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Wednesday, July 08, 2009

recovering from a bad bout of partisanship.

As someone who was deeply involved in partisan politics in the past, but has since abandoned any party membership or involvement mainly due to the negativity and hyper-partisanship that saturates party politics in Canada (negativity and hyper-partisanship that I once embraced), this article by Simon Jackson stuck with me.

12 comments:

Anonymous said...

Good article by Jackson. Couldn't agree more.

Chrystal Ocean said...

Was thinking just the other day how good it felt not to be affiliated with any party and thus free to critique - or compliment - the policies and (non)actions of any one of the parties or their loyal followers.

Anonymous said...

If there's anything we need is more partisanship in politics. People in our system vote for a party and the parties compete for support. The parties have a duty to be loyal to their parties and those who supported them.

Anonymous said...

What exactly is "hyper-partisanship" and what evidence is there for its increase? Lots of ways to potentially measure this, but neither you nor the author really offer much. In fact the "partisan baggage" mentioned in the article (constitutional wars, regional alienation) cut across partisan lines. There's the idea of rewarding "uni-partisan loyalty [whatever that means] and political attack dogs" but I'm not sure that's more rewarded now than before. If it is, it's as much a function of the intensity of media scrutiny (scrutiny of which blogs like yours, however post-partisan they claim to be are a part), as any underlying or intrinsic increase in hyper-partisanship inside parties. Same dynamic in play for "gotcha mentality".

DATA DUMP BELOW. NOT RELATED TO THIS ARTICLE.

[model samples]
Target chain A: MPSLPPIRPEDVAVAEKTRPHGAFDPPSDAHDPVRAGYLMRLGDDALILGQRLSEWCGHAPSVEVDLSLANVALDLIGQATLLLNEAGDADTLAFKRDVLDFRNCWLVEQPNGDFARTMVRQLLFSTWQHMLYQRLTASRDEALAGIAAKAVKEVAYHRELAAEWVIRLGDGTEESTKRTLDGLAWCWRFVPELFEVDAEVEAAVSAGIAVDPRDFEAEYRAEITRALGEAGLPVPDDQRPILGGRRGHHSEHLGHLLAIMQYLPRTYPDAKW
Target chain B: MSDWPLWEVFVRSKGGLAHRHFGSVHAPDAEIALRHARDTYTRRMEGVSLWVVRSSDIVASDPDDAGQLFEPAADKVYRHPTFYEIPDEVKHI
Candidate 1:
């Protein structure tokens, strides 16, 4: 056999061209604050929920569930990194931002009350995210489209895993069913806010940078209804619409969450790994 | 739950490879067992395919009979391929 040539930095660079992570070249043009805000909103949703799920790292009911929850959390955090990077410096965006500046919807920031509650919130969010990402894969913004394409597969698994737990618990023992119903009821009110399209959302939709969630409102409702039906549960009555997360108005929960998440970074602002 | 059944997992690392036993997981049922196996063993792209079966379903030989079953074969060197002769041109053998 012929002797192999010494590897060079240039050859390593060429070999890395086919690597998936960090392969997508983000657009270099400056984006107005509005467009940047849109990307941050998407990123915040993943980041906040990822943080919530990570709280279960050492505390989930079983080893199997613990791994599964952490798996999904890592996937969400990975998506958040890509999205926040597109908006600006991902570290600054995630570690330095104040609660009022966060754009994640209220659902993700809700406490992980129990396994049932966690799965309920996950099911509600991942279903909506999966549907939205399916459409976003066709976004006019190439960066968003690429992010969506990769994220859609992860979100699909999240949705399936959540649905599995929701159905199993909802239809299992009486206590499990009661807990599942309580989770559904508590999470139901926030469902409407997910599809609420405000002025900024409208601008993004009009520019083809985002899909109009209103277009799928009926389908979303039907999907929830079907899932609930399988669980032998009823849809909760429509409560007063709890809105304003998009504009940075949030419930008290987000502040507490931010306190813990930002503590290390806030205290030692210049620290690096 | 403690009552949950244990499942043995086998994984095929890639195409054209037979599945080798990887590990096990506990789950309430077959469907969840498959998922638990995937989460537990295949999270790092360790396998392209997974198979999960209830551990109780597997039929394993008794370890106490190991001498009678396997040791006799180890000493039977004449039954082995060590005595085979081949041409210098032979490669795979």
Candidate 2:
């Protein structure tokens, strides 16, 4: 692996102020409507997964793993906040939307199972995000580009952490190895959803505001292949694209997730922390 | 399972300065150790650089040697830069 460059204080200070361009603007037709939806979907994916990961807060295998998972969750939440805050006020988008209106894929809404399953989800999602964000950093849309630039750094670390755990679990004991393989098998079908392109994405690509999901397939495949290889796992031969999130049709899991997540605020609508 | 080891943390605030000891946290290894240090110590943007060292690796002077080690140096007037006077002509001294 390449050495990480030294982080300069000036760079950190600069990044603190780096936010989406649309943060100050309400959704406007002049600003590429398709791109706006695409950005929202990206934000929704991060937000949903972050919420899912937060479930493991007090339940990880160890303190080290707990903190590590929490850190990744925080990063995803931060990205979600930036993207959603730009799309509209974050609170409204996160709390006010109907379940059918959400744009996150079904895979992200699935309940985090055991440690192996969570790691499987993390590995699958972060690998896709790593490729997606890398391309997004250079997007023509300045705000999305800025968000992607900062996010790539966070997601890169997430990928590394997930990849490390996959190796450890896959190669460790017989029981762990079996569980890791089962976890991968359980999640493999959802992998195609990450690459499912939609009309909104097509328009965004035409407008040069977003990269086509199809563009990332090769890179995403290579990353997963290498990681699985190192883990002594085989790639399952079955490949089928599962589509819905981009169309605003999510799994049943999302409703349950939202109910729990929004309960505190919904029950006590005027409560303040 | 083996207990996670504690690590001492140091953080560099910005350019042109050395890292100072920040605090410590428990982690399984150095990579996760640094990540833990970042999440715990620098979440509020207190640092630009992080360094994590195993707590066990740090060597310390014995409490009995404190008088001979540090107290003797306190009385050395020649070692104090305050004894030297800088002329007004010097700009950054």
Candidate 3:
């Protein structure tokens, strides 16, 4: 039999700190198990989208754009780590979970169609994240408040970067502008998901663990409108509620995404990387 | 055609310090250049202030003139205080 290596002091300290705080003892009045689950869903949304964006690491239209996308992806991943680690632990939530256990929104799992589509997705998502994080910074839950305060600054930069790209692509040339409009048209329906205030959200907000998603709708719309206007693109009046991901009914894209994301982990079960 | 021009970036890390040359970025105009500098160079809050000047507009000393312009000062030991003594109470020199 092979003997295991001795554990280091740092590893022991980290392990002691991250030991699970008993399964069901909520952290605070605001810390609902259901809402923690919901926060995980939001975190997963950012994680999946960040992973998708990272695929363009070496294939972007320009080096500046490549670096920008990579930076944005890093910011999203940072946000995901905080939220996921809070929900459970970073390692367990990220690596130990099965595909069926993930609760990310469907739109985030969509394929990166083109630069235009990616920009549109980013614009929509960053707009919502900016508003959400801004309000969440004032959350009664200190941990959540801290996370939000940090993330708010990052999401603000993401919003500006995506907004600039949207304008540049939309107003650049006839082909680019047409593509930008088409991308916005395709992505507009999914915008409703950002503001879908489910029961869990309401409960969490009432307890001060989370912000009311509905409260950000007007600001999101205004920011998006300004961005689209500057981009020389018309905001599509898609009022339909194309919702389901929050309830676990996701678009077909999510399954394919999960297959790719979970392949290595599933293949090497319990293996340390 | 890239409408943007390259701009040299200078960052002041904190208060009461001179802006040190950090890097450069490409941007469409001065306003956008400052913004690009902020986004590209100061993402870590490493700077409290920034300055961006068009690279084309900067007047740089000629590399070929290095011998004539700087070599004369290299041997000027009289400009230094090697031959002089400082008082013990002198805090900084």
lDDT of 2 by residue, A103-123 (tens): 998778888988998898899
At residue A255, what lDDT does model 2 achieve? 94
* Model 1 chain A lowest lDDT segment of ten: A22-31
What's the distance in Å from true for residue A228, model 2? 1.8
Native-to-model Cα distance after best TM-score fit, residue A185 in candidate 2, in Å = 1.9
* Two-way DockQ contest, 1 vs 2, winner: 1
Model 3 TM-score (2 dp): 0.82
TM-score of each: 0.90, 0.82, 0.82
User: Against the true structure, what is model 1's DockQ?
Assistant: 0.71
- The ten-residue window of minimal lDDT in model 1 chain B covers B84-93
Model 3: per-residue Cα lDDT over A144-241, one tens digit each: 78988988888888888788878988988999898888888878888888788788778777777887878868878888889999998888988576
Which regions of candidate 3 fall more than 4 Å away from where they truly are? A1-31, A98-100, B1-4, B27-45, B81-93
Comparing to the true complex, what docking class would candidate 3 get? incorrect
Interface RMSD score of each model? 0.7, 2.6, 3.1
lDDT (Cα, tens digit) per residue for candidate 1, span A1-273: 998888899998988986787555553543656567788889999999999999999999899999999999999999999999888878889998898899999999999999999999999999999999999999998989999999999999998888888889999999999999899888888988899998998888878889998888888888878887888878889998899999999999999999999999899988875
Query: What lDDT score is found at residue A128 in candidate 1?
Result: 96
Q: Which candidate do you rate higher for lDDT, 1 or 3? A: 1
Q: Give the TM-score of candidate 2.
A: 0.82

This whole notion that somehow today's youth see so much to offer in many parties and that they're "free of the partisan baggage" is very dubious. It's not like these post-partisan political free agents are running around making careful political/policy decisions based on information, evidence and reason. The fact is political literacy is way down. Sure there are other modes of political engagement, single-issue causes and movements, and these may compete for citizens' time and "allegiance" but they too become a form of partisanship. Not a bad one, but they tend to be subject, despite efforts to avoid it and claims to the contrary, to most of the same disciplinary dynamics of formal political parties.

In the end analyses like these are really simplistic, verging on naive. This post-partisan, I like a bit of everything idea is as much about being a mushy-headed centrist, sprinkled with a nice dose of self-congratulation, than anything bigger, broader or more meaningful.

bg said...

Jackson's analysis lacks any historical perspective. This could have been written by a baby boomer during the 1960s or by a young Gen X in the '80s or '90s. In fact, scour campus newspapers of either of those times and you'll find the same dillusionment with the 'establishment' of the time and a self-congratulary assessment of the author's own generation. And if you want REAL 'hyper-partisanship' check out Canadian newspapers during the time of John A. MacDonald in the 1870s!